A great man is one who collects knowledge the way a bee collects honey and uses it to help people overcome the difficulties they endure - hunger, ignorance and disease!
- Nikola Tesla

Remember, remember always, that all of us, and you and I especially, are descended from immigrants and revolutionists.
- Franklin Roosevelt

While their territory has been devastated and their homes despoiled, the spirit of the Serbian people has not been broken.
- Woodrow Wilson

Walt Bogdanich

Walt Bogdanich became the investigations editor for the Business and Finance Desk of The New York Times in January 2001. He recently was named an assistant editor for the paper's newly expanded Investigative Desk.

Born in Chicago on October 10, 1950. Mr. Bogdanich graduated from the University of Wisconsin in 1975 with a degree in political science. He received a master's degree in journalism from Ohio State University in 1976.

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Before joining The Times in 2001, he was an investigative producer for "60 Minutes" on CBS and for ABC News. Previously, he worked as an investigative reporter for The Wall Street Journal in New York and Washington. He also worked for The Cleveland Press and The Plain Dealer.

As a producer for ABC News, Bogdanich and reporter John Martin became the first to break the important story that tobacco companies were manipulating the degree to which cigarettes pumped nicotine into smokers' bloodstreams. In addition to making Big Tobacco look even more corrupt than was previously believed, this made itmore difficult for Big Tobacco to say that it wasn't in the drug business-a claim it was using to avoid regulation by the FDA.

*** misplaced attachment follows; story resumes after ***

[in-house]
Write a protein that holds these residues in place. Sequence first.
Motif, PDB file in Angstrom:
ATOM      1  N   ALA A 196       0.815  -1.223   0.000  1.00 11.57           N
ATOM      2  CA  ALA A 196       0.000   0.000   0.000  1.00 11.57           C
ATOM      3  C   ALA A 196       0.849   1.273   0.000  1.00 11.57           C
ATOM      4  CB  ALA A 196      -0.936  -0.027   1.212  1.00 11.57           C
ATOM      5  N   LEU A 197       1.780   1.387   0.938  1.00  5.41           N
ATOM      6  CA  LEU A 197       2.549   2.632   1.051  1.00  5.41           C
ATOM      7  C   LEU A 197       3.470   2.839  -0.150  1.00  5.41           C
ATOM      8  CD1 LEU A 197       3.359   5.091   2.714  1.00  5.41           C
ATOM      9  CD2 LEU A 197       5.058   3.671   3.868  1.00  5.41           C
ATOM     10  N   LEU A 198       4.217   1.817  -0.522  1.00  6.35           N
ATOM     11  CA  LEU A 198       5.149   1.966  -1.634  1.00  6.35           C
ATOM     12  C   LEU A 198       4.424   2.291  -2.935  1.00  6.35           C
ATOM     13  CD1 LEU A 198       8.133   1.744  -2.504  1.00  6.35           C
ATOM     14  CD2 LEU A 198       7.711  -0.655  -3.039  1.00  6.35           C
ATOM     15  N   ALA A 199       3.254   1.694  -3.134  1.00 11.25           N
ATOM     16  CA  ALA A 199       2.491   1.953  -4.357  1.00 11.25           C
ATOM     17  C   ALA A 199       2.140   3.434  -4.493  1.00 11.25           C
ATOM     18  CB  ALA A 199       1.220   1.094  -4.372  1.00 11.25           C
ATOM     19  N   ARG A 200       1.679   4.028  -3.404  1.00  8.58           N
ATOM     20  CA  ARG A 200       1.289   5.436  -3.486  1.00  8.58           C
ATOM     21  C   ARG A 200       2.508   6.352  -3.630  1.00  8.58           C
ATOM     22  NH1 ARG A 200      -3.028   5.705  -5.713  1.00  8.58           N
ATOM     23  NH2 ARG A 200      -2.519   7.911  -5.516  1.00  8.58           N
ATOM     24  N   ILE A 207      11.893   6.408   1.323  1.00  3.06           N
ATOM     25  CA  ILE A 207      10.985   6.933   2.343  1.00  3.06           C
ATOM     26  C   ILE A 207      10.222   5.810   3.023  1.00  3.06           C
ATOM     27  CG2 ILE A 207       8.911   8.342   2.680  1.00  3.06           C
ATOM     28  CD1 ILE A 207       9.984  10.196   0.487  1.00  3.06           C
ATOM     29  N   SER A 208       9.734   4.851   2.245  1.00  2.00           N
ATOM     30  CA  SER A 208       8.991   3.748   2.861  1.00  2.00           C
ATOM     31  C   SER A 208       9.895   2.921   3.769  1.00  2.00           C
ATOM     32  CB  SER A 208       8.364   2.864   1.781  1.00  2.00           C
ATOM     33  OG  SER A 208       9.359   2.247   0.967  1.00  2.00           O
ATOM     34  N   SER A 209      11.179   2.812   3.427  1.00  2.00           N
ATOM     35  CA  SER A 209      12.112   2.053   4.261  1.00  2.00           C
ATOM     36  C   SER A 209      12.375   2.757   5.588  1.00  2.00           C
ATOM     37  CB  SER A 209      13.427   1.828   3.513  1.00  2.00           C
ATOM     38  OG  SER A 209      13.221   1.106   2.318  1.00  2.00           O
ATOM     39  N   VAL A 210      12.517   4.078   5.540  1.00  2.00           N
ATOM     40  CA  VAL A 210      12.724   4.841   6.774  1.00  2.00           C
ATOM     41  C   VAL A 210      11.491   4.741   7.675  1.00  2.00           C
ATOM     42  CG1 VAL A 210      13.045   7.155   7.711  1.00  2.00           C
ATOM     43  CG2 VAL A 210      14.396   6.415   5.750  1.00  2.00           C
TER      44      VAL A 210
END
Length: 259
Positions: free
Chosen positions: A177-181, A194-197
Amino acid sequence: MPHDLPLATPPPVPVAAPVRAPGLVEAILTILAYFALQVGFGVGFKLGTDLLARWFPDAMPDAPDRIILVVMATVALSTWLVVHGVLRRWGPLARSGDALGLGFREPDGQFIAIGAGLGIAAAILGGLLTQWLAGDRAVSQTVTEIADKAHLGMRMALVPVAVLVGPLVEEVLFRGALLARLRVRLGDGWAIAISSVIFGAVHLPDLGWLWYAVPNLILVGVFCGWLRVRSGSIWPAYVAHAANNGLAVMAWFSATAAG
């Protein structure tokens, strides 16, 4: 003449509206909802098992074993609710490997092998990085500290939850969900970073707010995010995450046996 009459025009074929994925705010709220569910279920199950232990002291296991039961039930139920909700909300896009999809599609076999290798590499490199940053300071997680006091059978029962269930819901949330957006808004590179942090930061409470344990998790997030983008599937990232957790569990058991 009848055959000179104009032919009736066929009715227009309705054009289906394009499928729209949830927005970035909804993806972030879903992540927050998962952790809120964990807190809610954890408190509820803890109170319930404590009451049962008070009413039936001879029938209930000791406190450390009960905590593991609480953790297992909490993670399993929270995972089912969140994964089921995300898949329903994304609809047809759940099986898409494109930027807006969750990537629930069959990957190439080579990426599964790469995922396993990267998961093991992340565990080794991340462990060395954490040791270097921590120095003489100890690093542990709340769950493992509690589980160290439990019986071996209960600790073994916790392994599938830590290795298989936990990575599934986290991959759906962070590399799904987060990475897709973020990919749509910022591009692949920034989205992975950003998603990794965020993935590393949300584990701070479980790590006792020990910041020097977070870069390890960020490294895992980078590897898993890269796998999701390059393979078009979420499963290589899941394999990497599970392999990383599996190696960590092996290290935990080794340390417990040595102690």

Bogdanich won the Pulitzer Prize in 1988 for his articles in The Wall Street Journal on substandard medical laboratories. He has also won three George Polk Awards and an Overseas Press Club Award.


SA

 

People Directory

Metropolitan Irinej (Kovačević)

(1963–1998)

Milan Kovačević was born to Sreten and Kristine Kovačević on 6 September, 1914, in the village Vrnčani near Gornji Milanovac in the Kingdom of Serbia. Milan completed primary school in his village, and high school in Gornji Milanovac. After completing the course at the Teachers High School, he served as a teacher in the village Ljutovnica near Gornji Milanovac.

In 1941, during World War II, because he was at that time an army reserve officer, he was taken by the Nazis to a camp in Germany, where he remained until 1945. After the liberation, Milan went to England, where he temporarily attended a seminary in Dorchester.

In 1950, he emigrated to the USA, and he enrolled in the Saint Vladimir’s Orthodox Theological Seminary in New York, and also in Columbia University.

In October, 1953, Milan entered the Serbian Orthodox Monastery of Saint Sava in Libertyville, Illinois. On 30 December, 1953, he was tonsured to be a monk by Archimandrite Firmilian (Ocokoljić), and he was given the name Irinej. On 31 December, 1953, the Monk Irinej was ordained to the Holy Diaconate in the monastery by Bishop Dionisije, while on April, 1954, the Hierodeacon Irinej was ordained to the priesthood in the monastery by Bishop Dionisije. On 31 August, 1956, the Hieromonk Irinej was elevated to the dignity of igumen (abbot).

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Publishing

On The Holy Liturgy

by Bishop Athanasius Yevtich

The Divine Liturgy is at the center of Orthodox Christian life. It is through the Eucharist that the faithful are united with Christ and therefore with one another. Every Eucharistic gathering is an image and a reality of the Heavenly Liturgy, i.e. unceasing Synaxis of angels and saints around God’s throne. Thus the Liturgy is the proclamation of and a real image of God’s Kingdom in this world.

In this television interview conducted by the Logos, a renowned Orthodox theologian and retired Bishop of Zahumlje and Hercegovina, his Grace Atanasije, brings forth these essential points citing historical development of the Liturgies bringing to light the present misunderstanding of certain Liturgical actions and movements.

Bishop Atanasije aptly points out the necessity for Liturgical renewal, i.e. moving away from passive liturgical attendance to active participation and immersion of the soul and body into a full communion with Christ.

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